February could be called the month of Henry the Young King. Two days ago, for instance, we celebrated an important - at least from Henry's own perspective - anniversary. On 2 February 1169 the then fourteen- year-old Henry performed the duties of Senschal of France at his father-in-law's court for the first time. The postion had been previously held by Theobald of Blois*, but earlier in 1169, at the conference at Montmirail**, Louis VII of France (1120-1180) bestowed it upon the young Henry. Here's what Encyclopedia Britannica says about the office itself: 'Seneschal, French Sénéchal, in medieval and early modern France, a steward or principal administrator in a royal or noble household. As time went on, the office declined in importance and was often equivalent to that of a bailiff; the office and title persisted until the French Revolution.' More info here. Even if the position was only representative one, to Henry - at the time a youth twenty-six days shy of his fourteenth birthday - it would mean his first full and personal responsiblity, even if he was only to be in charge of feasting arrangements and attending his father-in-law's table. (Note from whom the first responsibilty came, not from Henry's father, who was to thwart power from him for many years to come, but from King Louis, his father-in-law. You can read about Henry the Young King-Louis relations here).
Henry's tomb in Rouen Cathedral. Let us not forget that Henry was the first member of "royalty" buried there (and that the citizens of Rouen had almost gone to war against the citizens of Le Mans to acquire his body). Photo courtesy of Kasia Ścierańska
On 28 we will be celebrating Henry's birthday. I am going to prepare something special, although you will probably agree with me that this year Henry is going to receive his best birthday presents ever. Firstly, on 18 May his biography by Professor Matthew Strickland is out! Secondly, I am happy to report that my dear friend Kasia has been working on her MA thesis about... Yes! Henry is going to have a MA thesis on him in Polish!Wonderful, isn't it? Let's keep our fingers crossed for Kasia. It just so happens that she paid her respects to Henry in Rouen Cathedral last week and now is kindly sharing some lovely photos with us.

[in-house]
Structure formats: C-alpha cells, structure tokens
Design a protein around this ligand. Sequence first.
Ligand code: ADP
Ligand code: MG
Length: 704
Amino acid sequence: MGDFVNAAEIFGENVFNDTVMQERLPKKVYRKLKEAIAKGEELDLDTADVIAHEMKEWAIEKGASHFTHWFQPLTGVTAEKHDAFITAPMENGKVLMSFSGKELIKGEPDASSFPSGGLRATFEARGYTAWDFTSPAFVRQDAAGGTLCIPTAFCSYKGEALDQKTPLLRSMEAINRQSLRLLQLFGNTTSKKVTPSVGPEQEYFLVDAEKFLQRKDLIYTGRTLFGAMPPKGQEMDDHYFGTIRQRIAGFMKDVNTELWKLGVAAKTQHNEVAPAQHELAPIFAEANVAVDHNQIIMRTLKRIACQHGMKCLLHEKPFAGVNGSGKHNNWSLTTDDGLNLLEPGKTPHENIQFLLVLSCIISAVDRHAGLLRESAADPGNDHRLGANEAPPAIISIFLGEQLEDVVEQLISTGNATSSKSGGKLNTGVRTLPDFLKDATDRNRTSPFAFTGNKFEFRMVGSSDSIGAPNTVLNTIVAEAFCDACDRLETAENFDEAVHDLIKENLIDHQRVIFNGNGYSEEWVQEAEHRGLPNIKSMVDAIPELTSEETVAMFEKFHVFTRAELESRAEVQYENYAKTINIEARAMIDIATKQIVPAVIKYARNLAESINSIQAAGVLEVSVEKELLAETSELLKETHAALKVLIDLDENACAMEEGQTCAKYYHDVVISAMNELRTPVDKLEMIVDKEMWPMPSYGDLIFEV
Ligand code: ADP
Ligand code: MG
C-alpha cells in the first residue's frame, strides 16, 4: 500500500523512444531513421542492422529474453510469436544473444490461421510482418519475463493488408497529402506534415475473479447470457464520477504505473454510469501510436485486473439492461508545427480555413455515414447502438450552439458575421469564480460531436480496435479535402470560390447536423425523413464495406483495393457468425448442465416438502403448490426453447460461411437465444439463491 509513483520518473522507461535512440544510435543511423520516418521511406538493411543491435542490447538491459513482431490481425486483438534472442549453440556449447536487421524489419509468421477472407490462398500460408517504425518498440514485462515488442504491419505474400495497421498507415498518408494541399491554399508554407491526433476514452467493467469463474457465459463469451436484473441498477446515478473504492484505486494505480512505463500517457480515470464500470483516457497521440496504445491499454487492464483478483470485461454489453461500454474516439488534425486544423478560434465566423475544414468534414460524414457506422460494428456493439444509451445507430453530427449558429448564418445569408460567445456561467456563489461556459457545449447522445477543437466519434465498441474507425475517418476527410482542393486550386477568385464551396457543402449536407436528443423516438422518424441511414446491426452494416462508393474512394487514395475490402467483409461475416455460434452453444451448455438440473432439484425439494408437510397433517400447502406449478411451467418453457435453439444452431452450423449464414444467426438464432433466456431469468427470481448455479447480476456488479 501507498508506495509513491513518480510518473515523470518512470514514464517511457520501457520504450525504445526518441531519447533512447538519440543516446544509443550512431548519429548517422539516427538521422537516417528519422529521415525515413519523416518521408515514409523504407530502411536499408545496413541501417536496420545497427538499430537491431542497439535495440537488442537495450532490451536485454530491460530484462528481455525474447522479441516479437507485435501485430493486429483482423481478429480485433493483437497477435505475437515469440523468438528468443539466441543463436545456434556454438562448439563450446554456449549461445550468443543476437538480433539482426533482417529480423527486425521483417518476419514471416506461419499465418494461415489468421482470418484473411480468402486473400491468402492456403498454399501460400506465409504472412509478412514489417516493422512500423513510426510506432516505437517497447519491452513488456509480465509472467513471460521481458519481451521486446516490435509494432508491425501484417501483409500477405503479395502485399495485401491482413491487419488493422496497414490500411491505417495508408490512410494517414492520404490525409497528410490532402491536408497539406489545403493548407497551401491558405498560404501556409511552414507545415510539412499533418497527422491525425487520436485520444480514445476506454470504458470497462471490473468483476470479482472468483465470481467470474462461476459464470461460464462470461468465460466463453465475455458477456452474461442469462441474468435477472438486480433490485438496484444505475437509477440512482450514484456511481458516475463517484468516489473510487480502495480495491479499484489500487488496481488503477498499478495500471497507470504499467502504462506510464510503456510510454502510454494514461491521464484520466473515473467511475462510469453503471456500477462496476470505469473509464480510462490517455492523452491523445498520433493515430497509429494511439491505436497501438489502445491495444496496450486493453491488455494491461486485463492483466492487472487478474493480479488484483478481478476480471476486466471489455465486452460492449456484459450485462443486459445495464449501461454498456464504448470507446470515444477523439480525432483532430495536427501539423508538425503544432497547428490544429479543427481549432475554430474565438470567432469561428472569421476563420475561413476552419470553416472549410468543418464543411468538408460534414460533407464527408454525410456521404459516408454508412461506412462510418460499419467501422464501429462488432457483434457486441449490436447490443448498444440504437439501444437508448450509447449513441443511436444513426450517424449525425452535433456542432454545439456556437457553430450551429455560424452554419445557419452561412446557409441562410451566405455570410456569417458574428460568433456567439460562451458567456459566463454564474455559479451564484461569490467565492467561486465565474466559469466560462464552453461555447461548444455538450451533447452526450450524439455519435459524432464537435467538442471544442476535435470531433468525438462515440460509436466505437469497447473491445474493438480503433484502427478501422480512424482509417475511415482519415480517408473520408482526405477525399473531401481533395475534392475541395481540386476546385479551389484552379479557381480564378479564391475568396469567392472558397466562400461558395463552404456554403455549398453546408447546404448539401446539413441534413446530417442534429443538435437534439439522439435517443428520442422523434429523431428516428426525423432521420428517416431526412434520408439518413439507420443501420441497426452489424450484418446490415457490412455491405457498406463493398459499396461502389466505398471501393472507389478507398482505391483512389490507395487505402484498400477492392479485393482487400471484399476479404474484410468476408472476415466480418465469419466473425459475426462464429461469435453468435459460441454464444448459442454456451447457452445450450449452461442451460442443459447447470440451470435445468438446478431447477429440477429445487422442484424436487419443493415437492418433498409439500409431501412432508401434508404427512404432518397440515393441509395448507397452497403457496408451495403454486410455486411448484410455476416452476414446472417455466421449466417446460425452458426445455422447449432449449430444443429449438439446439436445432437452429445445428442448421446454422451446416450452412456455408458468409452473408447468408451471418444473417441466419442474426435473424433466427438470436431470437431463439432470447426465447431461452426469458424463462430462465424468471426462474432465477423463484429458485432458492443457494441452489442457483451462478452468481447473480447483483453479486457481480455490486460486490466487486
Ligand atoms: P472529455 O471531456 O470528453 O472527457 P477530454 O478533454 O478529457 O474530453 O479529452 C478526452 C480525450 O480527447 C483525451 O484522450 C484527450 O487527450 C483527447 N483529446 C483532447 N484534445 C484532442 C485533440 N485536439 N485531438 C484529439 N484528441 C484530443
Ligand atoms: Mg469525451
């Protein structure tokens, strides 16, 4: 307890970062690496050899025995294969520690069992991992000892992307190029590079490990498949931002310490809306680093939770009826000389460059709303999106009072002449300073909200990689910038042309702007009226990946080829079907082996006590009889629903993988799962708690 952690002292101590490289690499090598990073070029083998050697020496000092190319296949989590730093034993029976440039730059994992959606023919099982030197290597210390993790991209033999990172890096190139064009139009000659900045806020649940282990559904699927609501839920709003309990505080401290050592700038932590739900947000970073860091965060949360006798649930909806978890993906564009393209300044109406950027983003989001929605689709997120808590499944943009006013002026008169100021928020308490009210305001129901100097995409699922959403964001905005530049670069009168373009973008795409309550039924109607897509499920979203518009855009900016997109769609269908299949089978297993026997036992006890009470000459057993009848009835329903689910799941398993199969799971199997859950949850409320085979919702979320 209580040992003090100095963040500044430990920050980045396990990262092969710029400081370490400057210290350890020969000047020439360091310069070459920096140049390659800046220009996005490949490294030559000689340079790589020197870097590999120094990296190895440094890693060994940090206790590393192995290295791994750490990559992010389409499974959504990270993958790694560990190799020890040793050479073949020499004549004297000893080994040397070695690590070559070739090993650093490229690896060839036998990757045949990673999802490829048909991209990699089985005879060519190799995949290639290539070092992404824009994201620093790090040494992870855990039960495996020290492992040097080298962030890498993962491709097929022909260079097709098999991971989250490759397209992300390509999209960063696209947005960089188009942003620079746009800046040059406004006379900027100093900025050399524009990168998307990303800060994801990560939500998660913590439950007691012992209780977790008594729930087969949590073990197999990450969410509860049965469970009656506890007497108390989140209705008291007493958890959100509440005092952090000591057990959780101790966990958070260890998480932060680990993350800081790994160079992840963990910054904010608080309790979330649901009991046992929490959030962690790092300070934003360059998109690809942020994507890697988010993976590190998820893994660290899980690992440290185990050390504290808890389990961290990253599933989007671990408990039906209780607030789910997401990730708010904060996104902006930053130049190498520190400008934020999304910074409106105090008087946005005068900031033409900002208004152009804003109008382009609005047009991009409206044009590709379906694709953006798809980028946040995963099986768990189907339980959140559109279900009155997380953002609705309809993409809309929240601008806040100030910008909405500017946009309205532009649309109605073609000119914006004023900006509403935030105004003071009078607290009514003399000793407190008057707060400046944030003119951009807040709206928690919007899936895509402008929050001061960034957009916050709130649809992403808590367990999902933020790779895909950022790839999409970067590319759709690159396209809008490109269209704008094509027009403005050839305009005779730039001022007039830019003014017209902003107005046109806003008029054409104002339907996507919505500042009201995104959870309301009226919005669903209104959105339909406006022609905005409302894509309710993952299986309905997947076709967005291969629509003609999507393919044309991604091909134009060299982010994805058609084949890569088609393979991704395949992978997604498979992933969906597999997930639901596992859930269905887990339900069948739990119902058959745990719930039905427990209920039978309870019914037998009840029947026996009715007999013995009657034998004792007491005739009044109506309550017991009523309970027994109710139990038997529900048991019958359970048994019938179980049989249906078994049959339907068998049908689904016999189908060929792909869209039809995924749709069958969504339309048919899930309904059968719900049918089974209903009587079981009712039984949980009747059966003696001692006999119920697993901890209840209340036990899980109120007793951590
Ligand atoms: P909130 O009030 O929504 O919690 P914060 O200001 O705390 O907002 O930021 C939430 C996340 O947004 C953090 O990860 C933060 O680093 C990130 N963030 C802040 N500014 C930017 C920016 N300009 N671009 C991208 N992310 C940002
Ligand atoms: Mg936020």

* Theobald of Blois (1130-1191), the younger brother of Henri I the Liberal of Champagne, was Henry the Young King's brother- in-law, the husband of Henry's half-sister Alix (1151-1197/98), the younger of Eleanor of Aquitaine's daughters by Louis VII. The funny thing is that Theobald, before marrying Alix, was planning to capture and marry Eleanor herself, after she had been divorced from Louis in 1152.
** On Epiphany Day 1169 Henry the Young King's father and Louis II of France held a conference at Montmirail, a town of Maine, near to the French frontier. Henry II’s three eldest sons were there, as well as Louis’s beloved Dieu-Donne [the God given]Philip [later Augustus]. According to the treaty the English princes were to hold respectively: the young Henry Normandy, Brittany, Anjou and Maine, Richard Poitou and Guienne, Geoffrey Brittany under his brother Henry. It was also agreed that Richard would marry Alais, Louis's second daughter by his late wife Constance of Castile. Alais was the young Henry's sister-in-law. The next day saw the young Henry and Richard doing homage to Louis, as well as the papal envoys, Simon, Prior of Mont Dieu, Bernard de Corilo, Monk of Granmont and Engelbert, Prior of Val St.Pierre, delivering to king Henry the papal letter of May, 1168, in which the Pope exhorted him to reconcile with Thomas Becket, the exiled Archbishop of Canterbury. The latter appeared before the gathering, throwing himself on the king's mercy at first, but later stubbornly insisting on "certain salvos about the dignity of his Church” and the "Honour of God” (Eyton, p.119). The negotiations broke off. King Henry left the meeting angry and king Louis, so far Becket's staunch supporter, became estranged from him for a few days.